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  3. I'm laughing a little at this, since erotica has to be one of the most welcoming genres out there. (Romance is good that way too. Sometimes I wish I wrote it just for the benefits of the amazing community developed around it) But it's the access to agents and big publishers I suppose writers are trying to wrangle from other writers. I know a few well-established writers as friends, but none have offered to speak to their agents about me, and I don't feel like using them that way. Maybe I'm not ruthless enough? I suppose if I felt an agent would help my 'career' then I'd hint around a bit.

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  4. I've never suffered from this fantasy. But then, I never seriously considered being a writer as a career, even though I was moderately confident that I wrote well. Being published was almost an accident.

    In any case, I suspect that the days in which having a famous mentor or a well-known agent would guarantee success are simply gone. The internet, social media and ebooks have leveled the playing field in ways that would have been impossible to imagine a decade or so ago.

    Kathleen, I agree that erotica and erotic romance authors are remarkably supportive of one another. Do you think that authors of literary fiction are very different in this regard?

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  5. Argh! I wrote a long reply to this that got lost to the aether!

    My summary was something like this:

    I suspect most writers aren't truly confident that they were published on the merit of their work alone. I think we all secretly suspect fate had the biggest hand in it. How can we possibly help another writer find their way when we're never sure exactly what alignment of stars shone on us at the exact right moment?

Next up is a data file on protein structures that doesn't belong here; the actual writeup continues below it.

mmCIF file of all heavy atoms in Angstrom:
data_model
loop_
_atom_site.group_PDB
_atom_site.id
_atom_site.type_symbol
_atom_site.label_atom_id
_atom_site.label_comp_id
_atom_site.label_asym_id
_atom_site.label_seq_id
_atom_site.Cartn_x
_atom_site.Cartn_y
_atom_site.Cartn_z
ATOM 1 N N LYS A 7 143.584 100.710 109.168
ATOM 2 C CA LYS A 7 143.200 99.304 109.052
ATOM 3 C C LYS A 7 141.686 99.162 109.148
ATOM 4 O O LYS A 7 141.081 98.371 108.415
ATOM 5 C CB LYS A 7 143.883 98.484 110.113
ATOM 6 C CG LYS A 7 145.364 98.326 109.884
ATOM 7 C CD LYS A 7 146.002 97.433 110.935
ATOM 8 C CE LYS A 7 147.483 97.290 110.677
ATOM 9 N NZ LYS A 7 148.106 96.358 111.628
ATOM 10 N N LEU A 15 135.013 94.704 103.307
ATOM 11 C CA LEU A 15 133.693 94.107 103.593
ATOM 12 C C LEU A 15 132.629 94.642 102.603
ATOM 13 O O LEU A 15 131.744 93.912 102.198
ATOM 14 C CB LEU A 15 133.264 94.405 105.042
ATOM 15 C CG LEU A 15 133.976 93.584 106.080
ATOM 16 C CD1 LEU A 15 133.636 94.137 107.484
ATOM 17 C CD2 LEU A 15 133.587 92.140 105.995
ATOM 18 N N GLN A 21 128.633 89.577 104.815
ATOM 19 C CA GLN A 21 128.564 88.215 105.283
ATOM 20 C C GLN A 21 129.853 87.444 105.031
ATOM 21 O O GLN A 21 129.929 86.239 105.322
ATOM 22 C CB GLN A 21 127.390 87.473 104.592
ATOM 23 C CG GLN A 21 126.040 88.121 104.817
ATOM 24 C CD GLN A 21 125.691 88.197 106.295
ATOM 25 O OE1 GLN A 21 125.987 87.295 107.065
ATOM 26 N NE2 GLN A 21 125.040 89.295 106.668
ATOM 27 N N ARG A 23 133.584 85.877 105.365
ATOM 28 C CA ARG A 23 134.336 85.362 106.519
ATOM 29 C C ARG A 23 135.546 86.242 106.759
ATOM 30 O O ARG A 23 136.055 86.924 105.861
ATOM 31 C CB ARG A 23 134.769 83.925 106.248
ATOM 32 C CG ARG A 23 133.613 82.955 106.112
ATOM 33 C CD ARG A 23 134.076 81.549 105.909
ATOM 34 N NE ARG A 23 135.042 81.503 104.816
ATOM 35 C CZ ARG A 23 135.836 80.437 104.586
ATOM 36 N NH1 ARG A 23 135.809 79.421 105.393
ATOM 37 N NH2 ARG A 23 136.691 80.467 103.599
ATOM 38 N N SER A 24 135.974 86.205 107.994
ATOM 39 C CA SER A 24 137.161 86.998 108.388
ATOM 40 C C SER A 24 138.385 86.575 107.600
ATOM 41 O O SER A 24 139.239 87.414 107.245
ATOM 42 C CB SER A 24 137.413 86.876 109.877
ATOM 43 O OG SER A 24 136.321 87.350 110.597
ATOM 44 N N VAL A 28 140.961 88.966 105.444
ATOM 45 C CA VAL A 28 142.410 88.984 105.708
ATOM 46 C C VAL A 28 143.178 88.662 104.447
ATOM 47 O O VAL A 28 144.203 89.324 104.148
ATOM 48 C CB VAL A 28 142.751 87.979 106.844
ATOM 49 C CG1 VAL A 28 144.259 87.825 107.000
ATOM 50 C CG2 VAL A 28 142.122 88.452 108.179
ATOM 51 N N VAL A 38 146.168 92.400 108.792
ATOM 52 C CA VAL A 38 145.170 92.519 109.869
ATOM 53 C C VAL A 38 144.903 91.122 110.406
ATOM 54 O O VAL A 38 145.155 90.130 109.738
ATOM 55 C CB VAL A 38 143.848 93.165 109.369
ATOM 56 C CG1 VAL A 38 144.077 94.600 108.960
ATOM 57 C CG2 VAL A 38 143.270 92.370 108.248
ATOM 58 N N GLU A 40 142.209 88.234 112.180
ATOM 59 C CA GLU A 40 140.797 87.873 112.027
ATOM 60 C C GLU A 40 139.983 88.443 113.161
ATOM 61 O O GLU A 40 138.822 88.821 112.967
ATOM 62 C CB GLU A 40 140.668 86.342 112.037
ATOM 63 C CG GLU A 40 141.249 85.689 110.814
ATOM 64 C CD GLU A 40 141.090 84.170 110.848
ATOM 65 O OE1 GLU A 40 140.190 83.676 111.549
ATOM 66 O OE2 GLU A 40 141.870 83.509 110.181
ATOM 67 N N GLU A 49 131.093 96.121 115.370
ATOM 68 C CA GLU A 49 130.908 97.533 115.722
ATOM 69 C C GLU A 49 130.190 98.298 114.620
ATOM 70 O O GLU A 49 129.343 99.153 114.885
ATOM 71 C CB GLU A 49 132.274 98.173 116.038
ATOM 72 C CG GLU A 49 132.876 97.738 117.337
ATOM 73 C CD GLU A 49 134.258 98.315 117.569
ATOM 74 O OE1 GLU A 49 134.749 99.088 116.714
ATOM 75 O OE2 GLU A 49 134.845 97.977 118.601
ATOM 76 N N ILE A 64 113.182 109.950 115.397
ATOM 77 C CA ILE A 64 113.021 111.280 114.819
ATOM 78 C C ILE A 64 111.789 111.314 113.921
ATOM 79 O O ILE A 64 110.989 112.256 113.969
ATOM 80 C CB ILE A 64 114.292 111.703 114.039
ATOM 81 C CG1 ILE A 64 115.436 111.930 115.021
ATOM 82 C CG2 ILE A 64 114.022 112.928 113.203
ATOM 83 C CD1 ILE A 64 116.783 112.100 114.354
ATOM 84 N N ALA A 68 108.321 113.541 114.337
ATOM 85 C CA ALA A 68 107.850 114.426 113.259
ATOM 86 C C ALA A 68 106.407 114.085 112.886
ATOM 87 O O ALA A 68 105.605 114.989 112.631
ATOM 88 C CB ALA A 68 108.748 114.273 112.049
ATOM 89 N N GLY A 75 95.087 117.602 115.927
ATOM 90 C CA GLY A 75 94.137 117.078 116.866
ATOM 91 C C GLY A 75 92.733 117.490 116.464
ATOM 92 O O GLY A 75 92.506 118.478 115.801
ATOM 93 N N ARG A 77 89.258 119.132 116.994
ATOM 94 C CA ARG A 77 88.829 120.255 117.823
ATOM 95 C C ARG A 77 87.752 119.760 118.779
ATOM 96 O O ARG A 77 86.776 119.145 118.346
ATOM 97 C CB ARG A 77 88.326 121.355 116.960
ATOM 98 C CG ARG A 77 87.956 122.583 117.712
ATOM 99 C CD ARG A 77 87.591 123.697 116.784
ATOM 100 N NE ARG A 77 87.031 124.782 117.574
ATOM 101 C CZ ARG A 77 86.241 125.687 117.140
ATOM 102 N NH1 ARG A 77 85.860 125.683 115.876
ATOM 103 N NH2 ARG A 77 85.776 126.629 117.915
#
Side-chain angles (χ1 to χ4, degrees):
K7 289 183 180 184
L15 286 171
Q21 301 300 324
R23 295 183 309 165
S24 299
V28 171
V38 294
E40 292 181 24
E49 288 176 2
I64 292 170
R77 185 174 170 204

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  6. No one is published on the merit of their work alone. Anyone who thinks that luck has no part in her success is deceiving herself.

    Flipping this, though, we can conclude that a failure to be wildly successful in publishing is not necessarily a comment on our talent, hard work or any other intrinsic quality. Knowing the right person, being in the right place in the right time, the mood of the editor when she picks up your MS from the slush pile - there are all sorts of random factors that determine your publishing outcomes that have nothing to do with how good a writer you may happen to be.

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  7. Agreed, there is clearly no reliable link between quality of writing and "success"--not that you can rely on anyway.

    It does seem that erotica and erotic romance writers are more supportive of each other. Based on my limited experience, many literary writers seem to feel the amount of acclaim is fixed and they all have to struggle for their slice of it. Or it could be that since we're outsiders, we have to stick together?